Visual Rhetoric/Visual Literacy: Writing About Film

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1 h t t p : / / u w p. a a s. d u k e. e d u / w s t u d i o Visual Rhetoric/Visual Literacy: Writing About Film This handout discusses ways to approach film as a visual medium. It offers suggestions for focus, prewriting tips, and guidance on how to think critically about a medium many of us think of as popular entertainment. It does not include a comprehensive list of technical film terminology, although it does provide links to several sources that do. This handout deals with decoding film as a viewer, considering how the film appears rather than how it was made. Overview: What are Visual Rhetoric and Visual Literacy? The simplest definition for visual rhetoric is how/why visual images communicate meaning. Note that visual rhetoric is not just about superior design and aesthetics but also about how culture and meaning are reflected, communicated, and altered by images. Visual literacy involves all the processes of knowing and responding to a visual image, as well as all the thought that might go into constructing or manipulating an image. Moving from Passive to Active Viewing How do we get from images on a screen and sound from a speaker to the variety of impressions with which a powerful film leaves us? We are all able to recount the plot of a film, usually after watching it only once. It is more difficult to explain how the images and sounds presented make up such a narrative, communicating meaning not just through the characters actions, but also through framing, camera movement (reframing), editing, optical effects, lens choice, sound, and a number of other technical elements that often go unnoticed by viewers looking for the plot. Through careful attention to what is on the screen (and how it got there), you can identify the visual strategies employed by a film to elicit a certain effect. The best way to do this accurately, and a good starting point for understanding how any film works, is to watch it carefully and observantly, to take notes while watching, and to watch it more than once. The list of things that go into any single film can be daunting. To make the task of approaching film from an analytical viewpoint more manageable, this handout addresses three basic components of film: Image Movement Sound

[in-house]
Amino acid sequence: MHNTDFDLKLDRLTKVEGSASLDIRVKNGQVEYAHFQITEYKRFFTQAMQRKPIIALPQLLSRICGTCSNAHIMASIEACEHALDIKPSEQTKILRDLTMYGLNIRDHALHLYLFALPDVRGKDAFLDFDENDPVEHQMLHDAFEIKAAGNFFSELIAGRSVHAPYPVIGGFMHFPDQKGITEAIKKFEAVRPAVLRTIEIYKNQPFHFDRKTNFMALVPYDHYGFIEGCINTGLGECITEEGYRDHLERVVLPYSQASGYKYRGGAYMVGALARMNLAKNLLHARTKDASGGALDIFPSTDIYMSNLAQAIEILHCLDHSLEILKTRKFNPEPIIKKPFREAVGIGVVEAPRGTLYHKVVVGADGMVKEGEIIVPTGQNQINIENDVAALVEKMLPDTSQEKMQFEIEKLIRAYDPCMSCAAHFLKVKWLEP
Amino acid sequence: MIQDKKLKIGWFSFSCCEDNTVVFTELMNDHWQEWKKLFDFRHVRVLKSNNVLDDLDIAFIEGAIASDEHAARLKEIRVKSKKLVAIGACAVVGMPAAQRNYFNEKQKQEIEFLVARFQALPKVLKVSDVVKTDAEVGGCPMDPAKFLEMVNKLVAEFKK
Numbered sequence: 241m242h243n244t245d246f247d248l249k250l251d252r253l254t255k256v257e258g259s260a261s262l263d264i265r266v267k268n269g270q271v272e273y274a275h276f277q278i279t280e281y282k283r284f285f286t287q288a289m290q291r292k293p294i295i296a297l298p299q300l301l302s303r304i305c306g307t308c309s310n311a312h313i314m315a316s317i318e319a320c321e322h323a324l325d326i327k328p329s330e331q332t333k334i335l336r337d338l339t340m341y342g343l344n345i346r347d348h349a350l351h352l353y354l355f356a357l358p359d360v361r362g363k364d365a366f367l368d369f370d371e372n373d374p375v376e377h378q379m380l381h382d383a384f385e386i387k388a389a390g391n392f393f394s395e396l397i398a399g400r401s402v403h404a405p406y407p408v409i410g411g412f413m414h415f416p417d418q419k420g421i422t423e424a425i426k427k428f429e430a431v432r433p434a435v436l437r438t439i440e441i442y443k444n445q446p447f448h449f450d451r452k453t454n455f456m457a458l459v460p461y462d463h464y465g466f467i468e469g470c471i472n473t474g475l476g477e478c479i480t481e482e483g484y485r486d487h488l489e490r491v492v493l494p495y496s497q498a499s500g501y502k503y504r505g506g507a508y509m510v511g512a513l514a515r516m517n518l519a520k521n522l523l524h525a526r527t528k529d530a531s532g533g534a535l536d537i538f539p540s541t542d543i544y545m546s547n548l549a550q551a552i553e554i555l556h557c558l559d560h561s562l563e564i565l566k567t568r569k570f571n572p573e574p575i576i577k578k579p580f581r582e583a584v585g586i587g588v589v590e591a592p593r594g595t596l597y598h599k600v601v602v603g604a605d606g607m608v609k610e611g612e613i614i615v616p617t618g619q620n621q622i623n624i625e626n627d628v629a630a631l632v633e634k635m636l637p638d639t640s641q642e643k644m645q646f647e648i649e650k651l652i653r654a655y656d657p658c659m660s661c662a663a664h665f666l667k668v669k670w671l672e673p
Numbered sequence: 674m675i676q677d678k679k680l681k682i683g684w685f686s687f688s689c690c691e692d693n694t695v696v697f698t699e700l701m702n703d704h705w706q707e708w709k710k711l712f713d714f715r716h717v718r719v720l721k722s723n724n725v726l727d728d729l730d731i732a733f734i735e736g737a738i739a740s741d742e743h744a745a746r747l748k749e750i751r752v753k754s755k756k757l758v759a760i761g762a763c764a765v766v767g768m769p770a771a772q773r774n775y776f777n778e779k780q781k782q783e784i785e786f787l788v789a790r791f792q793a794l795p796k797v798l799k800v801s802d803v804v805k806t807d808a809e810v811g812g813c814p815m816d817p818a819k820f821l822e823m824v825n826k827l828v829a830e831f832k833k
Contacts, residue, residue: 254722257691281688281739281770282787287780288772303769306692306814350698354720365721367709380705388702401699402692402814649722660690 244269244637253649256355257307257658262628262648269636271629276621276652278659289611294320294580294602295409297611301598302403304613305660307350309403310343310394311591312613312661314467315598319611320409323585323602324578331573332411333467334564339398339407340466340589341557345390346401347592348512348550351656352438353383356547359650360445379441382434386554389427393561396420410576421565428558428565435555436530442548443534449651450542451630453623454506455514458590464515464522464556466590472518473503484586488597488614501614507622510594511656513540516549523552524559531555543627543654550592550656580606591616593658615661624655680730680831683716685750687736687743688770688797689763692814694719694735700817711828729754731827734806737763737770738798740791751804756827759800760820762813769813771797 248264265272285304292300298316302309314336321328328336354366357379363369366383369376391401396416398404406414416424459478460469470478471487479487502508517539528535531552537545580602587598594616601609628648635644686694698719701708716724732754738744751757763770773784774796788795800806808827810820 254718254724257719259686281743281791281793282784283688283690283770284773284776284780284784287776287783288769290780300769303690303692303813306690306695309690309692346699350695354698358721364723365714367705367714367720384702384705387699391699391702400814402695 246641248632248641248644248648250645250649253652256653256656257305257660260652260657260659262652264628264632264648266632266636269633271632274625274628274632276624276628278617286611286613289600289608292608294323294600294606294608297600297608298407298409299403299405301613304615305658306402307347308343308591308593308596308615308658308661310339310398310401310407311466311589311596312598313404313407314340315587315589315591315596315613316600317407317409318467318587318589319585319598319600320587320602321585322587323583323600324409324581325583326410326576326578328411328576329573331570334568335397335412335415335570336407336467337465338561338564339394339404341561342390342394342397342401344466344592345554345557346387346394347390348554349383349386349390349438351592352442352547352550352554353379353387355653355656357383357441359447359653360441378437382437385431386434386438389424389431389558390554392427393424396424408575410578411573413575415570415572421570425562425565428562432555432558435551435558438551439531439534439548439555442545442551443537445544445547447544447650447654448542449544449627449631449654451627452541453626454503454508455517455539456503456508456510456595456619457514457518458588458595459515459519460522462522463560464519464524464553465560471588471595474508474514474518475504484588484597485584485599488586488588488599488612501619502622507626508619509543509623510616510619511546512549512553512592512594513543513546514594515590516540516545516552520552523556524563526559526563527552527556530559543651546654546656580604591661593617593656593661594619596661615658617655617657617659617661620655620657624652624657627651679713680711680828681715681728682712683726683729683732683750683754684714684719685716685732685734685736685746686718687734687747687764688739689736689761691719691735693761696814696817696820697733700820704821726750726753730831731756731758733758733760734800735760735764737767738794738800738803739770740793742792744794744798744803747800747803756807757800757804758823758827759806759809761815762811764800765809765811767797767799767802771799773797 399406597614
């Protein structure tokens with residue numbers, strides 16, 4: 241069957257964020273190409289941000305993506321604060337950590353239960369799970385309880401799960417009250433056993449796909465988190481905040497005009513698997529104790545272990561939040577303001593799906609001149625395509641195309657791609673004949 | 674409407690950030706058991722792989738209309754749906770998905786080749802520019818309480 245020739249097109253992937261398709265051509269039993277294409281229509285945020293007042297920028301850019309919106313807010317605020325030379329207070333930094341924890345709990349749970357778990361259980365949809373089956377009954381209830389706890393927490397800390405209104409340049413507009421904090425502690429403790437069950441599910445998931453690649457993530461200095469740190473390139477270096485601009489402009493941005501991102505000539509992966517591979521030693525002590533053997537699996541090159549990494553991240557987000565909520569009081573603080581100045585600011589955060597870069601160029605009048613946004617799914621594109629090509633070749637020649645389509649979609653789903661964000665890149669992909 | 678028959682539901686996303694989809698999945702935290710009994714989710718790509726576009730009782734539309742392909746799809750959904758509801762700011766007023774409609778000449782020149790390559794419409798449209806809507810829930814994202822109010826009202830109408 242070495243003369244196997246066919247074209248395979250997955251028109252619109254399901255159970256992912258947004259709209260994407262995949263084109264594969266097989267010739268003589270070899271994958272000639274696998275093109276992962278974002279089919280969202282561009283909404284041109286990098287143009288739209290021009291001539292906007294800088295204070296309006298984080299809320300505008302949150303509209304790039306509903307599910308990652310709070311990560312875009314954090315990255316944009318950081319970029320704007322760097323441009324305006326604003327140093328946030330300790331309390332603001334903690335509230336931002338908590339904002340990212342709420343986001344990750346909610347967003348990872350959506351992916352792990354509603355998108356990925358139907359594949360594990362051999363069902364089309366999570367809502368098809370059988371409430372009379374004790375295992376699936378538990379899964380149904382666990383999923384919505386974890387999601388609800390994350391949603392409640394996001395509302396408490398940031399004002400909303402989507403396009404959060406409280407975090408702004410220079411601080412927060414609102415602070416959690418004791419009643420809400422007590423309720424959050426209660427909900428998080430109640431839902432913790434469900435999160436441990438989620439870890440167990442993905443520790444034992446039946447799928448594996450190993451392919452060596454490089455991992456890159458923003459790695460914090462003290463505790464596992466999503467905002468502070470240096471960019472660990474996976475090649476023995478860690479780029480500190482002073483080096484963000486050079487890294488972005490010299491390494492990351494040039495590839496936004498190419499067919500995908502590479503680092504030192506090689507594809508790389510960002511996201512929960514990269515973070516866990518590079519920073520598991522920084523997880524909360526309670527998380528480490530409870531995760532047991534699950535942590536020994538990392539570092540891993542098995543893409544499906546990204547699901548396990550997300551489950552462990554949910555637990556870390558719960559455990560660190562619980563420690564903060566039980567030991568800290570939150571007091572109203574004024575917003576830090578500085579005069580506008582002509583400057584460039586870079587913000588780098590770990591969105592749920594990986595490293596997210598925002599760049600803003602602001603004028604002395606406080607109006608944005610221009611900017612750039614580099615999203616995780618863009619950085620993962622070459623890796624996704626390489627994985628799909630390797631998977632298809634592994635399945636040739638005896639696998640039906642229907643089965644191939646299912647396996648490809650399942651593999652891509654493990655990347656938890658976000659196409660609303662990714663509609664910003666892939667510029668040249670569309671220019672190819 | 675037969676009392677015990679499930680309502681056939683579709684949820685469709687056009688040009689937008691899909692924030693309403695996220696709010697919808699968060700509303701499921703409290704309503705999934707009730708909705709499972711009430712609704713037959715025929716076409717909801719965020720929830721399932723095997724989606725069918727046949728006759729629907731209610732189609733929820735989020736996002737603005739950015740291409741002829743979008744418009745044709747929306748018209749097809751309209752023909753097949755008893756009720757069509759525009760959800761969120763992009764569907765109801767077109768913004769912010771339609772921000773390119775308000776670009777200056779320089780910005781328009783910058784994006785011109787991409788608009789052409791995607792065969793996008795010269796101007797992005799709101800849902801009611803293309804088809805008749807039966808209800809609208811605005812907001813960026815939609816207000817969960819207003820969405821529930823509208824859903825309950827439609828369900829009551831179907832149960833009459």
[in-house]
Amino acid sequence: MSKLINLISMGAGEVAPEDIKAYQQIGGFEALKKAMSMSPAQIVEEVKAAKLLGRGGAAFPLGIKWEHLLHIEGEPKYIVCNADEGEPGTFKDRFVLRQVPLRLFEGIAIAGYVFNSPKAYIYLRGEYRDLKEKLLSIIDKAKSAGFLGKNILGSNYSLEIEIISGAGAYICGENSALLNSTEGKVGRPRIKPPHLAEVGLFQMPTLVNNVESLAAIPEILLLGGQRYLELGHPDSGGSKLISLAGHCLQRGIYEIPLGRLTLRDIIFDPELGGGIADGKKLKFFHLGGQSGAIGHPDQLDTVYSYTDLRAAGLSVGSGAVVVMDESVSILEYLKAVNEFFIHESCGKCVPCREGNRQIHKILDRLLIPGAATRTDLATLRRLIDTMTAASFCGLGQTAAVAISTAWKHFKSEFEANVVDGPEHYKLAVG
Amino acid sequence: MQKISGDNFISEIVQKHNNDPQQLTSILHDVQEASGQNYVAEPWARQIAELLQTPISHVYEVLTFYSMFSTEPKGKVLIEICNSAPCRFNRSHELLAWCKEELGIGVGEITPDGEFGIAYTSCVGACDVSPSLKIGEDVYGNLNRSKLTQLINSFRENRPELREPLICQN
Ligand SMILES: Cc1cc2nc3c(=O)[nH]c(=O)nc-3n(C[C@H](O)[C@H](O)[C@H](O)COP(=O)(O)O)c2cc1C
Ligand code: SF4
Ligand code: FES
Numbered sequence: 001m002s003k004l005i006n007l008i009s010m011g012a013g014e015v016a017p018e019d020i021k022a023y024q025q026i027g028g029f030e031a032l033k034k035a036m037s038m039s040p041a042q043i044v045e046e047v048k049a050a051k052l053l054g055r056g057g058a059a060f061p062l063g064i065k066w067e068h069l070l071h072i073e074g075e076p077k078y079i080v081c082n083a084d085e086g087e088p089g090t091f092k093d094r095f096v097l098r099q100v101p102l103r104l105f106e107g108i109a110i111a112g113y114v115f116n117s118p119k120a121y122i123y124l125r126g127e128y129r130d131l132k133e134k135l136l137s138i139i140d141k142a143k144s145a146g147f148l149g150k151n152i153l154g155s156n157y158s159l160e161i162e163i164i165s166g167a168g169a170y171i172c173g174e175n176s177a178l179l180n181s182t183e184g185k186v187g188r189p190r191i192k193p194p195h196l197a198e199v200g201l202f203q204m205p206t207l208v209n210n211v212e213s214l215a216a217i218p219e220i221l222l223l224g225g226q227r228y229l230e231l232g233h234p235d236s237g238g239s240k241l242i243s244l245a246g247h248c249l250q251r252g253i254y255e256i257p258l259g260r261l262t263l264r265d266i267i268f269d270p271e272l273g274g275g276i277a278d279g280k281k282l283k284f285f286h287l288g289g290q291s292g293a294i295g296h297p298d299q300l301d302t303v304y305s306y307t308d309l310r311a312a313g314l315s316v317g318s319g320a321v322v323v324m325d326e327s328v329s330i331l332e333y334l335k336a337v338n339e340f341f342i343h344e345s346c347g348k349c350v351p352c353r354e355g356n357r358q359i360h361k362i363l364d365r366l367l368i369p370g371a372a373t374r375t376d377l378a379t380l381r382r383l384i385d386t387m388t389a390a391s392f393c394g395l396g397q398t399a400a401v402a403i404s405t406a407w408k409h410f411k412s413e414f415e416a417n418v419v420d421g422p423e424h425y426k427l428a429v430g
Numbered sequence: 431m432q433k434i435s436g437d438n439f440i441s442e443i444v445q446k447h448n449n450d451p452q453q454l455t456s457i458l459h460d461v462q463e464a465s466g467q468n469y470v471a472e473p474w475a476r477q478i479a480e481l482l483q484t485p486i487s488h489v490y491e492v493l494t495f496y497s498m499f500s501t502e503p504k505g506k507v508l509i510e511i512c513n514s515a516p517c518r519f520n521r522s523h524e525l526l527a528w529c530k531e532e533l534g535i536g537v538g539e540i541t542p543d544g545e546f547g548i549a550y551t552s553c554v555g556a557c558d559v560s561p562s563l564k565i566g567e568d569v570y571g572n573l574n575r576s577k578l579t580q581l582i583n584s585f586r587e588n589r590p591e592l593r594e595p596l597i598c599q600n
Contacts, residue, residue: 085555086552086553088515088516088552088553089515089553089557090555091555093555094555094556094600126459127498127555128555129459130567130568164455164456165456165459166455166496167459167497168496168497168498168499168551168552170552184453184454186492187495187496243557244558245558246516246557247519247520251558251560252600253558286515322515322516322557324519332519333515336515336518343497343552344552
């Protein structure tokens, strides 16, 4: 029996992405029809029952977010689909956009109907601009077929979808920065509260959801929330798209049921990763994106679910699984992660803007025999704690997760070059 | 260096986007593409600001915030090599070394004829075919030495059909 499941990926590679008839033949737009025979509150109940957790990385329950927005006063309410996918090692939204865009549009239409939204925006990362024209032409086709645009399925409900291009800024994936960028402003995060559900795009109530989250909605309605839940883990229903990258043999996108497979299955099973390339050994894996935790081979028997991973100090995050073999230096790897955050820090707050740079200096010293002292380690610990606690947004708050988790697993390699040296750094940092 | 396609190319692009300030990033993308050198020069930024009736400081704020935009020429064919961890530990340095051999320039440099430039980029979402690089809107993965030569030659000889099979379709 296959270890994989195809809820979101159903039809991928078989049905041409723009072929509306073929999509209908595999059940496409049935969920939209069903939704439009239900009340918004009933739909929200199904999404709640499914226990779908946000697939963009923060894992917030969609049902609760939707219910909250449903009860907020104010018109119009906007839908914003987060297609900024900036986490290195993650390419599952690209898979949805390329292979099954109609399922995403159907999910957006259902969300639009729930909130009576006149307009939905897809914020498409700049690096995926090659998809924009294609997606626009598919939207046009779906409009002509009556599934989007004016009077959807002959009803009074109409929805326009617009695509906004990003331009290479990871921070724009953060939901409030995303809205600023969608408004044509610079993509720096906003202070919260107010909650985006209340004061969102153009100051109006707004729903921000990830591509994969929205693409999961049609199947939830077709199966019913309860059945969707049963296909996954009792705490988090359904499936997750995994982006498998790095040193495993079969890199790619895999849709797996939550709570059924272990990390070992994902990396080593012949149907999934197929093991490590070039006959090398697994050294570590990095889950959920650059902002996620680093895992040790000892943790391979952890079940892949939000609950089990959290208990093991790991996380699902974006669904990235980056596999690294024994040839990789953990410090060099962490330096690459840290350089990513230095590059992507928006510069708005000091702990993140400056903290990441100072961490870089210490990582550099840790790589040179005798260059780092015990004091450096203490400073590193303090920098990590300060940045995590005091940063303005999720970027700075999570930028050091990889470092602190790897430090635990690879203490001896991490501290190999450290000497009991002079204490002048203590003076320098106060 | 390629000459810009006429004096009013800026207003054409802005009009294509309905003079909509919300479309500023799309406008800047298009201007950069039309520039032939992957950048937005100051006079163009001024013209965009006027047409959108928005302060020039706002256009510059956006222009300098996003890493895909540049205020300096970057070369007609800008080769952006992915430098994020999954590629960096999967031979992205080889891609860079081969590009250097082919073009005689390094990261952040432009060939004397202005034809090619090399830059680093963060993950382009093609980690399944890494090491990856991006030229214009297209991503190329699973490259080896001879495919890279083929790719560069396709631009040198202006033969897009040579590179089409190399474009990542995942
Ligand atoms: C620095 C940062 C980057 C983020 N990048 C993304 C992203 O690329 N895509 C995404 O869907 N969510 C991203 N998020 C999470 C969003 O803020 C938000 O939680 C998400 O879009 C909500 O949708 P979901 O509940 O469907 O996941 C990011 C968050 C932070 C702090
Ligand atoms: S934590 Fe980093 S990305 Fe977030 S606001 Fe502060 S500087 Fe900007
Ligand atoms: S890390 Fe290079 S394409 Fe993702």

2 Image Mise en scène and Framing One of the best things about DVD technology is that it is even easier now than it was with video to get a clear still image, which is a good place to start to think about how film builds images into meaning. The two main things to pay attention to in a filmic image are mise en scène and framing. Mise en scène is a French term meaning literally put in the scene, and it was originally adapted from the theater. It refers to everything that goes into a film before it is photographed, including set dressing or location, costumes, lighting, actors, blocking (actor locations and movement), and dialogue. If you like, it is what you would have seen if you were there with the crew when the scenes were being filmed. The camera adds to this framing (setting the bounds of the image, usually in a rectangle) and camera movement (reframing). The latter is discussed in the next section, but framing is as important for still photography as it is for film, since it works with mise en scène to determine the overall composition of the image. Moving from Description to Analysis Here are three descriptions of the same image: 1. K. is asking the Advocate for help. Orson Welles, The Trial (1962) 2. K. is framed in the center of the shot, with the Advocate dominating the right side of the frame. The setting is fancy but dilapidated, and there are two prominent light sources, one from the deep space behind K. and another lighting the faces of the two figures. 3. Although K. is framed in the center of the shot, there is no doubt as to who has the power here. The Advocate towers over him, interposing himself between K. and the camera and dominating the right side of the frame. He casts a shadow on K. s chest, reinforcing, as does the high angle camera looking down on K., K. s lack of power relative to the man whose help he is seeking. The location of a strong light source in the deep space behind K. reminds the viewer of K. s distance from his goal, and combines with the fabric hanging from the chandelier to create a surreal effect, setting the tone for the entire scene. Of the three descriptions, the first describes what is happening in the shot, but pays little attention to what is actually on the screen. The second gives a formal description of the image. It is not exhaustive, but it covers several significant points (framing, setting, and lighting). It does not move, however, from description to meaning (although terms like dominating and dilapidated gesture in that direction). The third description deals with the same visual traits, but also explains how those traits create meaning. The point is not just to show three examples of increasing detail, but to consider these as steps toward visual analysis. A description of what is happening is a fine place to start, since you will need to know how an image fits into the film as a whole. From there, try to list all the visual qualities of the image that you can, focusing on both framing (camera angle and image composition) and mise en scène (actors and blocking, costume, setting, lighting). Some will be more important than others for any given shot, but the important thing at this stage is to list all that you can. Finally, take this list and try to explain the effects